However, the ecosystem in Bulgaria differs seriously from Israel, were Emil has gained valuable entrepreneurship and investment experience. To make it in the SEE country, he had to develop an intuition for making business locally. One of the major differences between Bulgarian and Israeli startups is that the Bulgarian ones are targeting growth, while those in Israel are looking to scale. The reason has to do with the startup development support model. “In Israel, the programs and the amount of the investments grow with the startup, and there is an easy path to follow. The startups do not focus on profits but on scaling and reaching a higher valuation. This usually comes with a search for bigger investment rounds, allowing an accelerated growth. In the beginning stages, the startup gets the support in the form of credit that can be paid to contractors, and not cash directly as might happen in Bulgaria. The other things, such as as equity-loan-grants terms, are quite the same, and pretty similar in both areas“, he concluded.
А “nose“ for success
Cosmin Curticapean , a Romanian serial entrepreneur, VP and a business angel (BA) at TechAngels Romania, believes that “the investment decision in the early stage, especially from a BA’s point of view, is very much a mix of mathematics and emotional attachment.”
He started his first business in 1995 in post-communist Romania, which helped him develop a sense and a “nose” for successful investments and failures. “I guess this kind of experience gives you some “nose” but even that is not enough for an investment decision. Investing into a domain where you have expertise is most common but also trusting a fellow BAs with experience in other fields combined with good chemistry with the team can lead to an investment,” he told Trending Topics SEE.
Nothing personal, only business?
Cosmin invests both as a business angel and as a VC investor. He believes that the difference between these two roles lies in the personal relationship with entrepreneurs. “While a VC investor is investing some other people’s money, the BA is investing his own money. The way you build you investment portfolio, the way you invest time and yourself into a startup is very different from BA’s to VC’s,” he explained. “For us, BA’s, it is important to have some light personal involvement space into what the founders pitch, as well as see financial soundness in a project. For the VC, it is more about financial soundness and how a business fits into the investment thesis approved by Pls.”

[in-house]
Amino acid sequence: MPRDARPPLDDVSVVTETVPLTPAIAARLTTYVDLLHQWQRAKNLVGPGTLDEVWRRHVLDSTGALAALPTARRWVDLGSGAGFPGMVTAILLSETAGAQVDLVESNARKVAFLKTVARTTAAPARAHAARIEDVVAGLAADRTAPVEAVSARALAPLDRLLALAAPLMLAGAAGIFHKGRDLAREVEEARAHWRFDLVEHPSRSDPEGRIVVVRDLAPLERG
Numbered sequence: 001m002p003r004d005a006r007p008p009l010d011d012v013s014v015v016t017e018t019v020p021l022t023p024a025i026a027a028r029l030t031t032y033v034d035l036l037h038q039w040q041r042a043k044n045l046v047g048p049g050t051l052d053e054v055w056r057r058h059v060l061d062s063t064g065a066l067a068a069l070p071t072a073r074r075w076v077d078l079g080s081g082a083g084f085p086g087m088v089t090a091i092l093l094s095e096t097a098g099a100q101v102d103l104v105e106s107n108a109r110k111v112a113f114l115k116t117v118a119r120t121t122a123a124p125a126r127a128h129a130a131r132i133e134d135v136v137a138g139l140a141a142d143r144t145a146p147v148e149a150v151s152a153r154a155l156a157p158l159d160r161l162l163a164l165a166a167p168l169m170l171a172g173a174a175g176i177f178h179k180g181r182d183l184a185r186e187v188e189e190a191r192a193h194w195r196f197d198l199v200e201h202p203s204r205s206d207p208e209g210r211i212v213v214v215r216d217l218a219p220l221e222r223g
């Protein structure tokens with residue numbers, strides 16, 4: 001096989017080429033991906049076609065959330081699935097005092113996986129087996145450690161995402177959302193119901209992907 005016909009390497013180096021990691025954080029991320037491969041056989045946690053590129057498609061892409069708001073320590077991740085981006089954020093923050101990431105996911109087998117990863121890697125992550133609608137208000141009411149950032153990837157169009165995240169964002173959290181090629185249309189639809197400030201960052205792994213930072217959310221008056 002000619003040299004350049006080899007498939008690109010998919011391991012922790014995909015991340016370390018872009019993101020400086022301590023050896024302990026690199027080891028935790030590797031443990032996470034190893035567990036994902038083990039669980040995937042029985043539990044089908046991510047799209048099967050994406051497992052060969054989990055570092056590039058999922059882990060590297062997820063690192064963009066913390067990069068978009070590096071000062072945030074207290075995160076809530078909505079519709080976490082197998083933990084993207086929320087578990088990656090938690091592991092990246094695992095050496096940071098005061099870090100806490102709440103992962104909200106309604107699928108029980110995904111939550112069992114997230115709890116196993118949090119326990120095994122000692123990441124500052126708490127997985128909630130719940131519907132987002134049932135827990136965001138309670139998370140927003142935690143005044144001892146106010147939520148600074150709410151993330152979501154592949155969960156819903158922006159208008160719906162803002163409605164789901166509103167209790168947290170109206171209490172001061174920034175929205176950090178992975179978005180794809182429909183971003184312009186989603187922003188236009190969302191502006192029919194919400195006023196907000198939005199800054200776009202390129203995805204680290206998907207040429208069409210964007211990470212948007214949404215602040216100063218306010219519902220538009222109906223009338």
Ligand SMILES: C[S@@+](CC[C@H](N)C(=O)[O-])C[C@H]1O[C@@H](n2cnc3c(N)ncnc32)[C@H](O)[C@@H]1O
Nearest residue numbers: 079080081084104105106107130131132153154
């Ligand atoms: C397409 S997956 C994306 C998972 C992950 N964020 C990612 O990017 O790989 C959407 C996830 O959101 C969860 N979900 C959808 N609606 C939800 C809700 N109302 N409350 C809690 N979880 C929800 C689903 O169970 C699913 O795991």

In both cases, Cosmin and his fellow business angels are faced with the challenge of working in an ecosystem that is still young but is gradually maturing amid the rise of experienced founders and serial entrepreneurs “with appetite to learn how to sell and how to raise funds for their startups.” In this ecosystem, success cases are just as frequent as failures. Therefore, Cosmin’s advice to investors is to perform a due diligence of each and every startup they are planning on putting their money into. “After some hundred pitches, you learn how to spot a glossy startup but I shall only rely on the investment due diligence,” he said.
Skin to game
Both Cosmin and Emil have a checklist for pitchers. “We’d like them to have a mixed team on tech and business development with ‘skin in the game’ so that they can achieve a good product fit to market,” said Cosmin, adding that startups looking for investment should also be able to scale across markets, have sales and pitching skills . “Understanding the customer need, the ambition to solve a big problem, and risk resilience always draw attention,” he said.
For Emil, the perfect pitching presentation contains sufficient data and traction. A founder should be willing to risk their own capital before seeking money from investors. And last but not least, both Cosmin and Emil point out the importance of growth potential – something that comes with the evolution of a country’s entrepreneurship ecosystem and sustainable support for its development